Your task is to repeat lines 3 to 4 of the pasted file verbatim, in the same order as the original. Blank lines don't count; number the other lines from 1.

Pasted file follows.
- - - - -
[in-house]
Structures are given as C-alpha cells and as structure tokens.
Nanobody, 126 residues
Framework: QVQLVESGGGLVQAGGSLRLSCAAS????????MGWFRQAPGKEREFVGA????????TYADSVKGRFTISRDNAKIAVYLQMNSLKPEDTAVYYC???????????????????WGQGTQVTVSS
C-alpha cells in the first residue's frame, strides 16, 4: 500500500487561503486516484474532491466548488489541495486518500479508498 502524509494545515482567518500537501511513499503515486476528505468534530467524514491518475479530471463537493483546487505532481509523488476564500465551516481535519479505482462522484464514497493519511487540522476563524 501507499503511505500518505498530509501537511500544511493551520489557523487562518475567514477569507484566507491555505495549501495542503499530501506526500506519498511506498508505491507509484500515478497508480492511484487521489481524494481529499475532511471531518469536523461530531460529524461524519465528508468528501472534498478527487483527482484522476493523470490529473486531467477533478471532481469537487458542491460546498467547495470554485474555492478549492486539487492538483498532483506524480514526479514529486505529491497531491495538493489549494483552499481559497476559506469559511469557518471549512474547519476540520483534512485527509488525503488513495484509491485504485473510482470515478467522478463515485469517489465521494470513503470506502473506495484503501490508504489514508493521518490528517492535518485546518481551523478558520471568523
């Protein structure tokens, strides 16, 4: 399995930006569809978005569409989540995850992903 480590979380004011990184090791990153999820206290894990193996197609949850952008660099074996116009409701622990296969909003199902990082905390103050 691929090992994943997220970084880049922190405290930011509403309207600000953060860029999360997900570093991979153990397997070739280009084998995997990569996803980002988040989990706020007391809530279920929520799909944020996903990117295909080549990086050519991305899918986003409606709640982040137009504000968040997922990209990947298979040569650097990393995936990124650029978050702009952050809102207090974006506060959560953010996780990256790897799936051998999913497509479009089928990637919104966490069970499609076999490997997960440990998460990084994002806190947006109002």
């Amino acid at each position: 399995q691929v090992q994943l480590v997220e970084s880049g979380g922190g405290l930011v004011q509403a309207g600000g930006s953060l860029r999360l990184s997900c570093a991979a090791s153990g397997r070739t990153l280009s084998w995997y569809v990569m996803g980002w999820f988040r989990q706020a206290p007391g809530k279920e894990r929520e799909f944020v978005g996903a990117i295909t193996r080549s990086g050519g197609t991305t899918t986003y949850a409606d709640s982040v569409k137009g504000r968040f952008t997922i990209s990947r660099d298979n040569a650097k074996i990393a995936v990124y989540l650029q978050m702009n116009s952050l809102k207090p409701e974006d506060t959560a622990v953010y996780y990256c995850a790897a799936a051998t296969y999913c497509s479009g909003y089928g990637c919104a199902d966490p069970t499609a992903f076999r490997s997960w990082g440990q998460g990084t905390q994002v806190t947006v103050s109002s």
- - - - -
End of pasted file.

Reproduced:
Nanobody, 126 residues
Framework: QVQLVESGGGLVQAGGSLRLSCAAS????????MGWFRQAPGKEREFVGA????????TYADSVKGRFTISRDNAKIAVYLQMNSLKPEDTAVYYC???????????????????WGQGTQVTVSS